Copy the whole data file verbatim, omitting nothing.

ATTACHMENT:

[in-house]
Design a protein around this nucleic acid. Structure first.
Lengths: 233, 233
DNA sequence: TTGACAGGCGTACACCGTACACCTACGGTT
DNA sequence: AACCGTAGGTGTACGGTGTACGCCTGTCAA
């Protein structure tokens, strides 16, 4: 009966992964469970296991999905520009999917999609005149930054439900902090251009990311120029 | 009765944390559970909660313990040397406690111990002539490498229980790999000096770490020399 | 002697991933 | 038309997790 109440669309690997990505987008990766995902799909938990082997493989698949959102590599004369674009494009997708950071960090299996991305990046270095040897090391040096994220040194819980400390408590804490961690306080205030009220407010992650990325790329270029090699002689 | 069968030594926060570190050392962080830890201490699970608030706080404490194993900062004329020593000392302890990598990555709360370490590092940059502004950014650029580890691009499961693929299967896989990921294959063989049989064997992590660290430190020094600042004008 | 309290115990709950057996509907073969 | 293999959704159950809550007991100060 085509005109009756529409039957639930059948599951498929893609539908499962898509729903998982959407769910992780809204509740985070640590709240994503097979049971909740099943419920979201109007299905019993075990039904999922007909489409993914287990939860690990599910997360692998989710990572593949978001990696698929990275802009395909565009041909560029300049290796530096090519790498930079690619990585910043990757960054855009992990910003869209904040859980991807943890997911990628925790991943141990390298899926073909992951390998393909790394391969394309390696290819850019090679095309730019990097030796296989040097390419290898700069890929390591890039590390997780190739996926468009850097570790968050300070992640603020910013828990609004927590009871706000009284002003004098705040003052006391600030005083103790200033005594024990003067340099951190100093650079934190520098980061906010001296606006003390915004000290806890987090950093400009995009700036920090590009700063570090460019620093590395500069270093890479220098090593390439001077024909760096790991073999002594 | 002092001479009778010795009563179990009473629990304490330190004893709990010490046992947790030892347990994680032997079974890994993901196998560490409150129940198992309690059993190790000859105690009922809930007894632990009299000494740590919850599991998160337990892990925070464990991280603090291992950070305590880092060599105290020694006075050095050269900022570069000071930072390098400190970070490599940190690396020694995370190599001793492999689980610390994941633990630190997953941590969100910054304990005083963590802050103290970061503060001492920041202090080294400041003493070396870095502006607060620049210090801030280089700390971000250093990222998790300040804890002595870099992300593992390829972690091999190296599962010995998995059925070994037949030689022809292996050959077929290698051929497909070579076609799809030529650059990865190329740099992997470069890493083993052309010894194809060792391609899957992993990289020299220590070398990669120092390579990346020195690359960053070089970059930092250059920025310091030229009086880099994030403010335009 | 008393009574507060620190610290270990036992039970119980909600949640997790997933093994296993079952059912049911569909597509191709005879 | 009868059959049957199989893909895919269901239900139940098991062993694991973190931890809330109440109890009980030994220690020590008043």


[in-house]
Design a protein around this nucleic acid. Structure first.
Lengths: 233, 233
DNA sequence: TTGACAGGCGTACACCGTACACCTACGGTT
DNA sequence: AACCGTAGGTGTACGGTGTACGCCTGTCAA
């Protein structure tokens, strides 16, 4: 009966992964469970296991999905520009999917999609005149930054439900902090251009990311120029 | 009765944390559970909660313990040397406690111990002539490498229980790999000096770490020399 | 002697991933 | 038309997790 109440669309690997990505987008990766995902799909938990082997493989698949959102590599004369674009494009997708950071960090299996991305990046270095040897090391040096994220040194819980400390408590804490961690306080205030009220407010992650990325790329270029090699002689 | 069968030594926060570190050392962080830890201490699970608030706080404490194993900062004329020593000392302890990598990555709360370490590092940059502004950014650029580890691009499961693929299967896989990921294959063989049989064997992590660290430190020094600042004008 | 309290115990709950057996509907073969 | 293999959704159950809550007991100060 085509005109009756529409039957639930059948599951498929893609539908499962898509729903998982959407769910992780809204509740985070640590709240994503097979049971909740099943419920979201109007299905019993075990039904999922007909489409993914287990939860690990599910997360692998989710990572593949978001990696698929990275802009395909565009041909560029300049290796530096090519790498930079690619990585910043990757960054855009992990910003869209904040859980991807943890997911990628925790991943141990390298899926073909992951390998393909790394391969394309390696290819850019090679095309730019990097030796296989040097390419290898700069890929390591890039590390997780190739996926468009850097570790968050300070992640603020910013828990609004927590009871706000009284002003004098705040003052006391600030005083103790200033005594024990003067340099951190100093650079934190520098980061906010001296606006003390915004000290806890987090950093400009995009700036920090590009700063570090460019620093590395500069270093890479220098090593390439001077024909760096790991073999002594 | 002092001479009778010795009563179990009473629990304490330190004893709990010490046992947790030892347990994680032997079974890994993901196998560490409150129940198992309690059993190790000859105690009922809930007894632990009299000494740590919850599991998160337990892990925070464990991280603090291992950070305590880092060599105290020694006075050095050269900022570069000071930072390098400190970070490599940190690396020694995370190599001793492999689980610390994941633990630190997953941590969100910054304990005083963590802050103290970061503060001492920041202090080294400041003493070396870095502006607060620049210090801030280089700390971000250093990222998790300040804890002595870099992300593992390829972690091999190296599962010995998995059925070994037949030689022809292996050959077929290698051929497909070579076609799809030529650059990865190329740099992997470069890493083993052309010894194809060792391609899957992993990289020299220590070398990669120092390579990346020195690359960053070089970059930092250059920025310091030229009086880099994030403010335009 | 008393009574507060620190610290270990036992039970119980909600949640997790997933093994296993079952059912049911569909597509191709005879 | 009868059959049957199989893909895919269901239900139940098991062993694991973190931890809330109440109890009980030994220690020590008043």